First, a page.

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Participation of women and children in hunting activities in Sierra Leone and implications for control of zoonotic infections.

Abstract The emergence of infectious diseases of zoonotic origin highlights the need to understand social practices at the animal-human interface. This study provides a qualitative account of interactions between humans and wild animals in predominantly Mende villages of southern Sierra Leone. We conducted fieldwork over 4 months including participant and direct observations, semi-structured interviews (n = 47), spontaneously occurring focus group discussions (n = 12), school essays and informal interviews to describe behaviours that may serve as pathways for zoonotic infection. In this region, hunting is the primary form of contact with wild animals. We describe how these interactions are shaped by socio-cultural contexts, including opportunities to access economic resources and by social obligations and constraints. Our research suggests that the potential for exposure to zoonotic pathogens is more widely distributed across different age, gender and social groups than previously appreciated. We highlight the role of children in hunting, an age group that has previously not been discussed in the context of hunting. The breadth of the "at risk" population forces reconsideration of how we conceptualize, trace and monitor pathogen exposure.
PMID
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Authors

Mayor MeshTerms
Keywords
Journal Title plos neglected tropical diseases
Publication Year Start




PMID- 28749933
OWN - NLM
STAT- MEDLINE
DA  - 20170727
DCOM- 20170808
LR  - 20170808
IS  - 1935-2735 (Electronic)
IS  - 1935-2727 (Linking)
VI  - 11
IP  - 7
DP  - 2017 Jul
TI  - Participation of women and children in hunting activities in Sierra Leone and
      implications for control of zoonotic infections.
PG  - e0005699
LID - 10.1371/journal.pntd.0005699 [doi]
AB  - The emergence of infectious diseases of zoonotic origin highlights the need to
      understand social practices at the animal-human interface. This study provides a 
      qualitative account of interactions between humans and wild animals in
      predominantly Mende villages of southern Sierra Leone. We conducted fieldwork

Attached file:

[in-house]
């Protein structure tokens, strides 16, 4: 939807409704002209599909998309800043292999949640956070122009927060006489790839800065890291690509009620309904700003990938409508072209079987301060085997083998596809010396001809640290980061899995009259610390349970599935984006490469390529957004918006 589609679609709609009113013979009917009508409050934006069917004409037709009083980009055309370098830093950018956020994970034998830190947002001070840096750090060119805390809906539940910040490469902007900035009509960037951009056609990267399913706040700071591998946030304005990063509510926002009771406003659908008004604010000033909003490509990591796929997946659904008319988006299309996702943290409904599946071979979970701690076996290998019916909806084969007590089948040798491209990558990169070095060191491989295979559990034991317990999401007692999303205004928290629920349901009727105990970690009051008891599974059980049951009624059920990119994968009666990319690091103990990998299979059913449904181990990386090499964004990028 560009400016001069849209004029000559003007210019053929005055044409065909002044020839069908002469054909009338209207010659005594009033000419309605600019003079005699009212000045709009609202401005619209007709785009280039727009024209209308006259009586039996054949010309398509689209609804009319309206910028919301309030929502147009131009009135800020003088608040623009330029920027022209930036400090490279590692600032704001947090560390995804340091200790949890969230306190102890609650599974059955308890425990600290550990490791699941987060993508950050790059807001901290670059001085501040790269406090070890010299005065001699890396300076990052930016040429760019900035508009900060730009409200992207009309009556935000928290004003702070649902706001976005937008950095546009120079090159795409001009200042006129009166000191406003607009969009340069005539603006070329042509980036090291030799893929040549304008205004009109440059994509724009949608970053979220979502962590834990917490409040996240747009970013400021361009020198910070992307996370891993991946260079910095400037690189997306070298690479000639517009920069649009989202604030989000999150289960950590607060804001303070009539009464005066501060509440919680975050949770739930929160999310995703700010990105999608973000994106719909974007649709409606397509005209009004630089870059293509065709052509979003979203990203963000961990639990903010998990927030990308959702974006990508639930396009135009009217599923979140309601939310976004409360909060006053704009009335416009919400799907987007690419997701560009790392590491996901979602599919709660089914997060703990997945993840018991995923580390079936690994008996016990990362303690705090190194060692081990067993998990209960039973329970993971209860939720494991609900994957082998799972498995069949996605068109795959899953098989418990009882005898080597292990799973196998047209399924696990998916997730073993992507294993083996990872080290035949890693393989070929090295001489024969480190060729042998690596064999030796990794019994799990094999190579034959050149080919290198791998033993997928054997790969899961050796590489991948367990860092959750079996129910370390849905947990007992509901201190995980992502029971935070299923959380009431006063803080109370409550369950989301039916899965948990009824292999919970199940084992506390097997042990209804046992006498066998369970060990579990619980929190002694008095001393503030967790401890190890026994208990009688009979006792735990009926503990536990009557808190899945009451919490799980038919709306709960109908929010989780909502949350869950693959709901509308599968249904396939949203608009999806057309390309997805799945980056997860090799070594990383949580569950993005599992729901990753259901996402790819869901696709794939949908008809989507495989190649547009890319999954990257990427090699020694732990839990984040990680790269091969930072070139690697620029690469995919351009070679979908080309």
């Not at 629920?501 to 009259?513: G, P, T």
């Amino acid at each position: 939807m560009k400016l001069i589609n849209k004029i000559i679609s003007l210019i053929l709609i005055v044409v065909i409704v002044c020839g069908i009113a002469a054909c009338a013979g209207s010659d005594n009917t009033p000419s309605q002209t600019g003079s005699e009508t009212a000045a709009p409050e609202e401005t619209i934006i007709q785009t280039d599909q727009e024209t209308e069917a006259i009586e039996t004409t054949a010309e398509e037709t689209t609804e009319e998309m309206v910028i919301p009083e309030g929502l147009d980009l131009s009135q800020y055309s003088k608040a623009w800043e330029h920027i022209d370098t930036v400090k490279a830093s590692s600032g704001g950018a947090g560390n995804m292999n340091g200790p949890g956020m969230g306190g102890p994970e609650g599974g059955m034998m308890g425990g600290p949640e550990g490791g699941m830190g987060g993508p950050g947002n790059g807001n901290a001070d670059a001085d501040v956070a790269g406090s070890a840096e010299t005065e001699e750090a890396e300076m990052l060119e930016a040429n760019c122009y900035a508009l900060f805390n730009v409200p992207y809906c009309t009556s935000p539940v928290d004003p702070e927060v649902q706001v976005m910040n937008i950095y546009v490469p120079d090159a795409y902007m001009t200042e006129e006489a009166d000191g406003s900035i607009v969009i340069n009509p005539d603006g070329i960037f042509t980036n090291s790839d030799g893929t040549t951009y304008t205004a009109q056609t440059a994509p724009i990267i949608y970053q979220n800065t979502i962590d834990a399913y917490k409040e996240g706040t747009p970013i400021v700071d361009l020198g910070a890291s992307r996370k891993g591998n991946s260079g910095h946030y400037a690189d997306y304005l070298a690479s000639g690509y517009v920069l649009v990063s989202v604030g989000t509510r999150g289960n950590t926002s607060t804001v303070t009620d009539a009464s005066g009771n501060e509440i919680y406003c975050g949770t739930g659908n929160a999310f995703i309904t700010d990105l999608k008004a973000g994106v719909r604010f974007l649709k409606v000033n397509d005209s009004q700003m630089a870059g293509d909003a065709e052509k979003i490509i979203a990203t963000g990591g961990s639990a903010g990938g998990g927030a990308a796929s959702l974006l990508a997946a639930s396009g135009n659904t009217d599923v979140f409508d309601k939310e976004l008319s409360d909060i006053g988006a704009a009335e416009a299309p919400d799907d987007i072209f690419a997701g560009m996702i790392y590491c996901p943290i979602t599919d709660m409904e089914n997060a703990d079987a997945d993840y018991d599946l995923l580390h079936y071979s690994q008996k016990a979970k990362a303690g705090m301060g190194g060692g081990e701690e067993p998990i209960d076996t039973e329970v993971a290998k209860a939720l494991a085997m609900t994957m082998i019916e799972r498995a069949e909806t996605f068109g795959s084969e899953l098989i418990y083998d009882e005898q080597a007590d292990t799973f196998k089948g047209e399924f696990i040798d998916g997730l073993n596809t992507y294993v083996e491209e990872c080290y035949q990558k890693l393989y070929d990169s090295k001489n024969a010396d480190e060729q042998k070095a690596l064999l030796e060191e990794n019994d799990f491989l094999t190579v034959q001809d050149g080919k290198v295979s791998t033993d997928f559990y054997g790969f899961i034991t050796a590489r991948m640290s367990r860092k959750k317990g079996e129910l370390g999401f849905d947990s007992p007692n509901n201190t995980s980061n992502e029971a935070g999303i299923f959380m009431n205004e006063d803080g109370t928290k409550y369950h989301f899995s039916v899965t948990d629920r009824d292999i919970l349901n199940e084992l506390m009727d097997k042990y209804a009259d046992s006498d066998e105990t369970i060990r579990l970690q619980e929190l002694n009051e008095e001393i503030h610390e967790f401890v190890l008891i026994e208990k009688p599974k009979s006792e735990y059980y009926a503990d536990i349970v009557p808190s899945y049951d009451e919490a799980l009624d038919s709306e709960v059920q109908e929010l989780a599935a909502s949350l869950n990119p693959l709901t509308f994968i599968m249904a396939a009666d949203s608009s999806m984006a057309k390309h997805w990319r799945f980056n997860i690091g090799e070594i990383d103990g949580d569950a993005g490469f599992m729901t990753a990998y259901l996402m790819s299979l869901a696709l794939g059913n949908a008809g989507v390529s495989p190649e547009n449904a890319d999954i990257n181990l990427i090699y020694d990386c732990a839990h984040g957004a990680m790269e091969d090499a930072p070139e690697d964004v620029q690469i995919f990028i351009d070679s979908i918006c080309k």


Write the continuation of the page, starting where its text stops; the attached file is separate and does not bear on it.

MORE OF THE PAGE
over 4 months including participant and direct observations, semi-structured
      interviews (n = 47), spontaneously occurring focus group discussions (n = 12),
      school essays and informal interviews to describe behaviours that may serve as
      pathways for zoonotic infection. In this region, hunting is the primary form of
      contact with wild animals. We describe how these interactions are shaped by
      socio-cultural contexts, including opportunities to access economic resources and
      by social obligations and constraints. Our research suggests that the potential
      for exposure to zoonotic pathogens is more widely distributed across different
      age, gender and social groups than previously appreciated. We highlight the role 
      of children in hunting, an age group that has previously not been discussed in
      the context of hunting. The breadth of the "at risk" population forces
      reconsideration of how we conceptualize, trace and monitor pathogen exposure.
FAU - Bonwitt, Jesse
AU  - Bonwitt J
AUID- ORCID: http://orcid.org/0000-0002-0510-2802
AD  - Department of Anthropology, University of Durham, Durham, United Kingdom.
FAU - Kandeh, Martin
AU  - Kandeh M
AD  - Department of Social Sciences, Njala University, Bo, Sierra Leone.
FAU - Dawson, Michael
AU  - Dawson M
AD  - Mercy Hospital Research Laboratory, Bo, Sierra Leone.
FAU - Ansumana, Rashid
AU  - Ansumana R
AD  - Mercy Hospital Research Laboratory, Bo, Sierra Leone.
FAU - Sahr, Foday
AU  - Sahr F
AD  - Department of Microbiology, College of Medicine and Allied Health Sciences,
      University of Sierra Leone, Freetown, Sierra Leone.
FAU - Kelly, Ann H
AU  - Kelly AH
AD  - Department of Global Health and Social Medicine, King's College London, London,
      United Kingdom.
FAU - Brown, Hannah
AU  - Brown H
AD  - Department of Anthropology, University of Durham, Durham, United Kingdom.
LA  - eng
PT  - Journal Article
DEP - 20170727
PL  - United States
TA  - PLoS Negl Trop Dis
JT  - PLoS neglected tropical diseases
JID - 101291488
SB  - IM
MH  - Adolescent
MH  - Adult
MH  - Aged
MH  - Aged, 80 and over
MH  - Animals
MH  - Child
MH  - Child, Preschool
MH  - Communicable Disease Control/*methods
MH  - Disease Transmission, Infectious/*prevention & control
MH  - Epidemiological Monitoring
MH  - Female
MH  - Human Activities
MH  - Humans
MH  - Interviews as Topic
MH  - Male
MH  - Middle Aged
MH  - Risk Assessment
MH  - Sierra Leone
MH  - Young Adult
MH  - Zoonoses/*prevention & control
PMC - PMC5531371
EDAT- 2017/07/28 06:00
MHDA- 2017/08/09 06:00
CRDT- 2017/07/28 06:00
PHST- 2017/03/03 [received]
PHST- 2017/06/10 [accepted]
AID - 10.1371/journal.pntd.0005699 [doi]
AID - PNTD-D-17-00251 [pii]
PST - epublish
SO  - PLoS Negl Trop Dis. 2017 Jul 27;11(7):e0005699. doi:
      10.1371/journal.pntd.0005699. eCollection 2017 Jul.